Is it necessary to inflict death on animals so that we can harvest our crops? Or can we go back to harvesting by hand, which will cause far fewer deaths of rodents, ground nesting birds, and the like?
“P1) If a person needs to kill an animal to obtain meat needed for survival, it is morally justified.
P2) If a person needs to kill an animal to obtain knowledge needed for survival, it is morally justified.
If you accept P1, then you accept P2 – the differences between the two are inconsequential.”
I am not against animal research, but this is not a compelling statement of facts. P1 and P2 are not equivalent. P1 implies a one-step operation: kill to eat; survival determined. P2 is, by necessity a multi-step operation: kill, study, develop treatment (in medical context), implement; survival not determined.
Further, in the first case, there is only one point at which to introduce an alternative to killing animals – become a vegetarian – but in the second case there are numerous points where alternatives to killing animals can be and are introduced. For example, it is not always necessary to kill animals involved in research; for another, important steps in drug development (let’s say) MUST be done using humans, not animals as study subjects.
Clearly, if it is true for one particular value of X and Y (X=claims, Y=evidence) that extraordinary X requires extraordinary Y, it must also be true for any value of X and Y. Right?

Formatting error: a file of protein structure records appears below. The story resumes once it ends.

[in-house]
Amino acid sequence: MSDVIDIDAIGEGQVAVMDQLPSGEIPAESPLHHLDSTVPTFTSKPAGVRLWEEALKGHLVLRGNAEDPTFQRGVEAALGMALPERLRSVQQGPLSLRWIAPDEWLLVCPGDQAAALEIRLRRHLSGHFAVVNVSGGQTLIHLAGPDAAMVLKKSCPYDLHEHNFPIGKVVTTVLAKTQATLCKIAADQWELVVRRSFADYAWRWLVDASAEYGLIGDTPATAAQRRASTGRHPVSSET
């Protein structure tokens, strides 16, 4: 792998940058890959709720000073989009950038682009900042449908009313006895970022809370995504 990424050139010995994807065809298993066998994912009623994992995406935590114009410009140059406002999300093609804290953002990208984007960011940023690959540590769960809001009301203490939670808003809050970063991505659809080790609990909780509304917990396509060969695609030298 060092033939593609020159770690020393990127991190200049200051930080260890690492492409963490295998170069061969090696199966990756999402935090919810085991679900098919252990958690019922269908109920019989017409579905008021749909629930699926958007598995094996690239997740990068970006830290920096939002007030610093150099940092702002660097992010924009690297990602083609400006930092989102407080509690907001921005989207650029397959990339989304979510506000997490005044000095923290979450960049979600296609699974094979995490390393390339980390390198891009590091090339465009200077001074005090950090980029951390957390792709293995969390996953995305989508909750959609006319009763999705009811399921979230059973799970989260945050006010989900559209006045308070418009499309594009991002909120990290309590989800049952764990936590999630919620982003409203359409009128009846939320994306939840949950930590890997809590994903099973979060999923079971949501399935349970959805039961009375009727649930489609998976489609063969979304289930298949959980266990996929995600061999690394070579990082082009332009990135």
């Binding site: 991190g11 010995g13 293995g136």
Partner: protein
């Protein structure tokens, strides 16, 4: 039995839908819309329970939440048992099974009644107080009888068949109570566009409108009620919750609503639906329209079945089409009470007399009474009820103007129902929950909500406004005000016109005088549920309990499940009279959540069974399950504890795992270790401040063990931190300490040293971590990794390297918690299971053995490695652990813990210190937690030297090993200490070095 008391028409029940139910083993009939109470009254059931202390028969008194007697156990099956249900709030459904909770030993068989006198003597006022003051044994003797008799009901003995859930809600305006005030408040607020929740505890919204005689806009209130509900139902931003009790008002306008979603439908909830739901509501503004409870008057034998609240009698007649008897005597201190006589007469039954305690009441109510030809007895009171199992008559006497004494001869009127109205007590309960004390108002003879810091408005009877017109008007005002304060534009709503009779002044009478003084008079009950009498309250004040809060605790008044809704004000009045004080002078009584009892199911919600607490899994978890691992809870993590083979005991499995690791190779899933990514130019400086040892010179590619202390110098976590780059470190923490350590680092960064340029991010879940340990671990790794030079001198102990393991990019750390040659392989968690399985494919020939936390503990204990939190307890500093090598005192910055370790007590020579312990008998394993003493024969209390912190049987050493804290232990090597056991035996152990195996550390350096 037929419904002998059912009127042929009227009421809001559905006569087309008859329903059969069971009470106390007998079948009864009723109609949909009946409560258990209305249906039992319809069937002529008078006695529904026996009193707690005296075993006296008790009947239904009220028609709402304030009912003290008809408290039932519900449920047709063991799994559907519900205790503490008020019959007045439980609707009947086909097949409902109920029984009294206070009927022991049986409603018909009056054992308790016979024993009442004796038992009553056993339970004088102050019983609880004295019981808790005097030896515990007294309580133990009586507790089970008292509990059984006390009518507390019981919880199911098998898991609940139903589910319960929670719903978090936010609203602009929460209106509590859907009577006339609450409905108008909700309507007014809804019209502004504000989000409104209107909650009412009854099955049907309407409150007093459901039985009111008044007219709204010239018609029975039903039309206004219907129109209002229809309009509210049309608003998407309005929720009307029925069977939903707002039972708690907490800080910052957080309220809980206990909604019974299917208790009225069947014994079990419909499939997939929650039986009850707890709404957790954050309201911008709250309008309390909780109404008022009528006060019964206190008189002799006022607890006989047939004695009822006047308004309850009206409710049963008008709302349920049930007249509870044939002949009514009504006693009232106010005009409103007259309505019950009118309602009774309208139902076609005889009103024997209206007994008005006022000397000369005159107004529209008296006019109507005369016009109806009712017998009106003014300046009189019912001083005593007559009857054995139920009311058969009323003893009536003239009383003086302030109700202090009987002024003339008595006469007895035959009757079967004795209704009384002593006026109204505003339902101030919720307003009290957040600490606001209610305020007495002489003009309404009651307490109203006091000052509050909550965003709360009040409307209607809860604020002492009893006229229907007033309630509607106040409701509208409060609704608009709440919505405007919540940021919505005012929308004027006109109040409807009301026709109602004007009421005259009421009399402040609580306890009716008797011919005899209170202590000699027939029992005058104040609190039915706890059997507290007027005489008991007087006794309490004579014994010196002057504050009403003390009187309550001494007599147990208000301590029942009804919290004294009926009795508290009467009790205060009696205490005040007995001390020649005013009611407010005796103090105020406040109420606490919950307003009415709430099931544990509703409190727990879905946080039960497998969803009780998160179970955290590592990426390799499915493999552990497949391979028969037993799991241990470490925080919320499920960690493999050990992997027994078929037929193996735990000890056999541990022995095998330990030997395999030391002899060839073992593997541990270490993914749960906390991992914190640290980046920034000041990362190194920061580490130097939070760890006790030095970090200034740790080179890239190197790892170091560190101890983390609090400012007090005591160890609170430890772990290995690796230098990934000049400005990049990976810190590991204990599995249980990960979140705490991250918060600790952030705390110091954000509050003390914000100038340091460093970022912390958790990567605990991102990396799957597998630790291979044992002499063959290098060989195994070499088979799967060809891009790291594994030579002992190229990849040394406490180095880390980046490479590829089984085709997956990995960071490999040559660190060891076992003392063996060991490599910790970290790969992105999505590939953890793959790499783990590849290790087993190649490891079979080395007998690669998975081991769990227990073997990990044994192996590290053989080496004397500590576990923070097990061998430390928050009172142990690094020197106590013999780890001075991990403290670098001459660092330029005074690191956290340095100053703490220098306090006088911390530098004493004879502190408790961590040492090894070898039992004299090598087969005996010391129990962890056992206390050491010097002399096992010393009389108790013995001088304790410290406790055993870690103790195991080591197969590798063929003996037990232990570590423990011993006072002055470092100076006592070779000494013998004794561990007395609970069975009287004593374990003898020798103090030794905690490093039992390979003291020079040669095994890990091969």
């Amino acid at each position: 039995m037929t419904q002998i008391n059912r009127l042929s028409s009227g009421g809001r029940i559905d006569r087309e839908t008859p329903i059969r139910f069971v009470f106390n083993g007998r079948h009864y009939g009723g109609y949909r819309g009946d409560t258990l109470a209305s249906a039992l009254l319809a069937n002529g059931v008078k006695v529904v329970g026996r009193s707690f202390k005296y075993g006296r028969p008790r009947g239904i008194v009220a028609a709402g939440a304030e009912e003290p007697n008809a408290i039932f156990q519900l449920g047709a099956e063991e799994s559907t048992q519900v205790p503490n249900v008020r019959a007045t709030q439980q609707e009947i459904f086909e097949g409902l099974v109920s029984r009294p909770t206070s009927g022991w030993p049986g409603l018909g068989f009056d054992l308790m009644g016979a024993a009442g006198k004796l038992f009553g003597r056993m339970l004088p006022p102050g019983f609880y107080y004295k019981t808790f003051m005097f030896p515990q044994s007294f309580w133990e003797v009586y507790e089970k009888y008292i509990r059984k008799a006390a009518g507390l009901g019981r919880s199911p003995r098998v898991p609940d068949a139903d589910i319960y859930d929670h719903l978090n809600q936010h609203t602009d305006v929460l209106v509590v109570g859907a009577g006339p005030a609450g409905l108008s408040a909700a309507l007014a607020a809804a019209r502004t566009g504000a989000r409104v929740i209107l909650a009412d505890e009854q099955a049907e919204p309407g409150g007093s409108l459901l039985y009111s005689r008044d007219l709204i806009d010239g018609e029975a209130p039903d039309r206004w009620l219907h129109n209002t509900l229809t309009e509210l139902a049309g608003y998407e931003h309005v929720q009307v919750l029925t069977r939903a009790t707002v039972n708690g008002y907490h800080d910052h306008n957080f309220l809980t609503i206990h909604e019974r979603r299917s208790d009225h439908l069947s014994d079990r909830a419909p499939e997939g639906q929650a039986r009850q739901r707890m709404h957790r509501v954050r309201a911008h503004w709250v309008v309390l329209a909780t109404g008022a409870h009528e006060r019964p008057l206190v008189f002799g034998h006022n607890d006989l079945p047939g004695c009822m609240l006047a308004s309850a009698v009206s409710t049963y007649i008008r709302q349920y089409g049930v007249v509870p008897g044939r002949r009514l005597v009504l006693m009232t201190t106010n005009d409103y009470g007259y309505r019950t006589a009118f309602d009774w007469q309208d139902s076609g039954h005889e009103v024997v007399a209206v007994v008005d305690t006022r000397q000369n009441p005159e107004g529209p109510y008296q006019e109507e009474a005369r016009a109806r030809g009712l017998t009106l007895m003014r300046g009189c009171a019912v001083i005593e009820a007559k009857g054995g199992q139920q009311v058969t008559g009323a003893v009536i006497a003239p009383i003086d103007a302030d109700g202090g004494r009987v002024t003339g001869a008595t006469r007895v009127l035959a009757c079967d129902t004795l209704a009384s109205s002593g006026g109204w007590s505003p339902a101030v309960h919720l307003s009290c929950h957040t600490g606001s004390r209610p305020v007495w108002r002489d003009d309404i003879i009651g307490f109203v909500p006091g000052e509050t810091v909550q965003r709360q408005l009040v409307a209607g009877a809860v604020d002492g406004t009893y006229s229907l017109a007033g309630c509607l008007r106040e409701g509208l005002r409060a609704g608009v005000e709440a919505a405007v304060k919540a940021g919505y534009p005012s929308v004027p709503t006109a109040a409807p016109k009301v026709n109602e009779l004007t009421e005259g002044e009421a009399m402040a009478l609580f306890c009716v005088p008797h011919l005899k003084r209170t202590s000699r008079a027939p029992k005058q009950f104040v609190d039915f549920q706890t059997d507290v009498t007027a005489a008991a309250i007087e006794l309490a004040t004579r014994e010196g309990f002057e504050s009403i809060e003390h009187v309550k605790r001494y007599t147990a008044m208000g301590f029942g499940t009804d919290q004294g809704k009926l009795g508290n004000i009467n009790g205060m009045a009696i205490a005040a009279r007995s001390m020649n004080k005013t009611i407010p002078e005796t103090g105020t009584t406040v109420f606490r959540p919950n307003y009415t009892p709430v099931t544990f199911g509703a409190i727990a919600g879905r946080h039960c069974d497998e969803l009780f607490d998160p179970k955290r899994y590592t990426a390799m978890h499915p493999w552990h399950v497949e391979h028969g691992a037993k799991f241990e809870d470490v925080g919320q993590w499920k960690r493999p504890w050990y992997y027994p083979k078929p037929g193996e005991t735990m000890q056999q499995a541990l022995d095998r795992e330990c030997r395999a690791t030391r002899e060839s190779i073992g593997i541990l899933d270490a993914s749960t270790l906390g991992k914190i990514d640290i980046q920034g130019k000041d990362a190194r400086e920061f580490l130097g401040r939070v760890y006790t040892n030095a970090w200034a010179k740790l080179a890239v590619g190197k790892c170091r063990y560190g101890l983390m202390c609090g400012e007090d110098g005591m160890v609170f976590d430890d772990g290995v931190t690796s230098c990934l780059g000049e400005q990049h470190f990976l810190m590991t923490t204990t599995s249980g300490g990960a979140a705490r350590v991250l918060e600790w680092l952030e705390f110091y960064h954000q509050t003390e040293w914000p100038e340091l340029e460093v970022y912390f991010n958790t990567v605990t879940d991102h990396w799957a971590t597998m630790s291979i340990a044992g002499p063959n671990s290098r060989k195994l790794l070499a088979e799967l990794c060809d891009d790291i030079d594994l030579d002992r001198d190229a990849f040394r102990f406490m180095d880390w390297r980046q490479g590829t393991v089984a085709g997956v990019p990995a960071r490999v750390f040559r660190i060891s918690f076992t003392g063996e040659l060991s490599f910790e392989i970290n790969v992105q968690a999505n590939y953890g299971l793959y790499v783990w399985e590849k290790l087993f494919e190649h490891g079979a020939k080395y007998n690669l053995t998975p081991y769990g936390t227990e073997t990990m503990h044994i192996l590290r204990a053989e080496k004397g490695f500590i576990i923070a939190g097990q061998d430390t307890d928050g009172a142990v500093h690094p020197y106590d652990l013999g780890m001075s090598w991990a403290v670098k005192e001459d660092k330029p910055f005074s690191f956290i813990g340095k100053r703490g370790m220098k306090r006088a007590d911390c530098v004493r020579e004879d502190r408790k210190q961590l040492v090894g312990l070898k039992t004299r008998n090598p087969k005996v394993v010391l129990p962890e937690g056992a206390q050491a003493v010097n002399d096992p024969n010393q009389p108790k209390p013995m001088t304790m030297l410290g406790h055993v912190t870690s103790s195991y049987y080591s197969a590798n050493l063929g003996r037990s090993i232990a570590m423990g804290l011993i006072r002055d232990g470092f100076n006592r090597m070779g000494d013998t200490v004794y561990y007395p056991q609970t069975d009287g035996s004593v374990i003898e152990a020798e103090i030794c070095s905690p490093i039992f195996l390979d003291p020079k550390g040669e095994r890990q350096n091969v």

Extraordinary trolls require extraordinary insolence.
Only someone not involved in farming nowadays could think killing animals in not involved in obtaining food, whether you are an omnivore or a herbivore.
What important steps?
In fact, the animal-rights extremists are pulling the exact same gambit that the Religious Right is pulling with respect to hate-crimes laws (or, more precisely, the inclusion of sexual orientation in hate-crimes laws; nobody seems to think that the inclusion of race and religion in hate-crimes laws has free-speech implications). Brandenburg is still the law of the land; the AREs (funny how that sounds like a war god) have nothing to worry about legally as long as they don’t personally use violence or directly egg it on (as in standing outside a researcher’s house and urging others to burn it down now).
Rnb: I expect that I share with Bald Ape the assumption that it is not possible for humans to live and thrive on this earth without killing other creatures. Bald Ape calls it morally justified, I call it a necessary evil.
That is why I am moving the argument towards the *way* we treat animals while they are still alive. In my view, this is the crux of the problem. Does Ape’s argument still hold up? Do we *need* to torment animals to live and thrive? Or is it possible for humans to live and thrive on this earth without tormenting other creatures?